sfjp330Jan. 14, 2015 - 07:42AM JST
HotmailJan. 14, 2015 - 07:30AM JST The 1965 treaty has no effect on SK's negative feelings when Japanese leaders and its people claim the sex slaves didn't exist.
I wonder why. Korean people didn't even know that Japan paid millions back in 1965 until early 2000's. They didn't care for their own people. The conscripted Korean workers who were supposed to get the settlement money never received a dime from their own Korean goverment.
Posted in: S Korea's Park says she is not opposed to talks with Abe
sfjp330Jan. 14, 2015 - 07:11AM JST
If Korea had agreed back in 1965 for Japan to handle individual compensation, as Japan had first suggested, Japan would have immediately publicized, and given claimants a deadline by which to submit claims with substantiating evidence. Japan would have honored the claim. But based on the treaty, it was up to the South Korean government to set up these measures. the South Korean government did not take sufficient interests in its people such as comfort women who actually suffered from the colonial times, but that was the responsibility of their own goverment. Japan made reparations in good faith to the Korean government instead of to individuals because that’s the way the Korean government wanted it. The Korean government was supposed to pay the individual reparations. Even if comfort women reparation was included in the 1965 treaty, the Korean goverment would've kept the money anyway. It was not Japan’s fault that Park Chung-hee used the money for infrastructure instead. Many Koreans for years didn’t even know that Japan paid reparations.
sfjp330Jan. 14, 2015 - 06:40AM JST
ICJ means nothing. Regardless if Japan or China went to ICJ, there is no guarantee that loser of the case will not follow the ruling that was not in their favor. Nobody is going to enforce the ruling anyway. So what does it matter? What is important the most for Japanese or Chinese politicians is the public opinion, and they will not respect the ruling that is not favorable on the sovereignty of Senkaku/Daiyou. So your back to square one.
sfjp330Jan. 14, 2015 - 06:16AM JST
Senkaku/Daioyu islands were transferred to Japan in terms of “administrative rights.” The U.S. clearly avoided the term “sovereignty” when returning these islands in 1972. The phrase reflects in part the ambiguous status of the Senkaku/Daioyu Islands. The Senkaku/Daioyu Islands were not part of the Ryukyu Kingdom originally. In addition, given the political environment of the Cold War the special proximity of these islands to the PRC gave them a special status in the eyes of the U.S. Perhaps the U.S. wished to carve out a special political space for those islands. That phrase “administrative rights” with regards to the islands deserves careful consideration. One might ask what exactly the difference is between “administrative rights” and sovereignty or ownership. In what exact sense does an island belong to a nation and who, ultimately does that nation belong to?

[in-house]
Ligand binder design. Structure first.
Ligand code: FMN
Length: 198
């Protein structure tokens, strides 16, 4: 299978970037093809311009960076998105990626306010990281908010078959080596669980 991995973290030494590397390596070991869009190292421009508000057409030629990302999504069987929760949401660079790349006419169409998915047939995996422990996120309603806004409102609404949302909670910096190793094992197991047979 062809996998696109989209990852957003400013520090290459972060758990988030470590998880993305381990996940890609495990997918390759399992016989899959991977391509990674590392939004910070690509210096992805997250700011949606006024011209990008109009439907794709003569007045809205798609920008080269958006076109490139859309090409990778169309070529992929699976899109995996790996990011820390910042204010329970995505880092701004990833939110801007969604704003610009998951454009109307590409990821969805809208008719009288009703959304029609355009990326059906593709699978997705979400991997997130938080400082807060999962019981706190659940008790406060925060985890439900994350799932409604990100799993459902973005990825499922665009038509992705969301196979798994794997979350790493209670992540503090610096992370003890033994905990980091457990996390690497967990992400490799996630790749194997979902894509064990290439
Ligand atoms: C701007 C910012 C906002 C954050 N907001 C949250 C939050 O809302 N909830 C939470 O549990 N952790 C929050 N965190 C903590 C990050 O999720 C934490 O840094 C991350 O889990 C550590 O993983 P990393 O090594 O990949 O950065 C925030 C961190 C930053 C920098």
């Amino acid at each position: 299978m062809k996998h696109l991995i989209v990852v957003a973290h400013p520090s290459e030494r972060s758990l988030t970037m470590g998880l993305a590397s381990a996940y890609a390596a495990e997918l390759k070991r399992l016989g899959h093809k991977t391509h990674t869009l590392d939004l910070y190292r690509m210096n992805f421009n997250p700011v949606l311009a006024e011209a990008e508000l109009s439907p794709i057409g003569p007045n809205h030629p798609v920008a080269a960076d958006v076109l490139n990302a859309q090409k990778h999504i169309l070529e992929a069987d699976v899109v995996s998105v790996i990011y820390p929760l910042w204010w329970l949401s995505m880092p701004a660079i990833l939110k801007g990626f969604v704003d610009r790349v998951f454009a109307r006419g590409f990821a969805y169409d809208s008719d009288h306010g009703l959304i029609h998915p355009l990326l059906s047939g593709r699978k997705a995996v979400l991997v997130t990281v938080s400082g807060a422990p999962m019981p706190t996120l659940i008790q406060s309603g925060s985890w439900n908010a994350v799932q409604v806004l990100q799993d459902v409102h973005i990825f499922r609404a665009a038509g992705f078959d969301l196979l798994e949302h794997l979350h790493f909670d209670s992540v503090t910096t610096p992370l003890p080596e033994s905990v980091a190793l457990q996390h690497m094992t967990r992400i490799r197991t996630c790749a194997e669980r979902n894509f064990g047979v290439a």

The question must be raised if it is equitable to apply western influenced methods to determine the ownership of the islands. The Chinese distrusts the modern concept of international law. For Chinese, the occupation of terra nullius in 1895 is regarded as a disguised way of aggression. Despite the Chinese stance of distrust, it may be known that China has assimilated their legal framework to almost all western titles of territory. Without a doubt, it was the Chinese who at first discovered the islands. The Japanese even do not dare to call into question this historical facts. The discovery has been sufficient for a title in the 16th century, one needs to adhere to the rules set up by the international tribunals.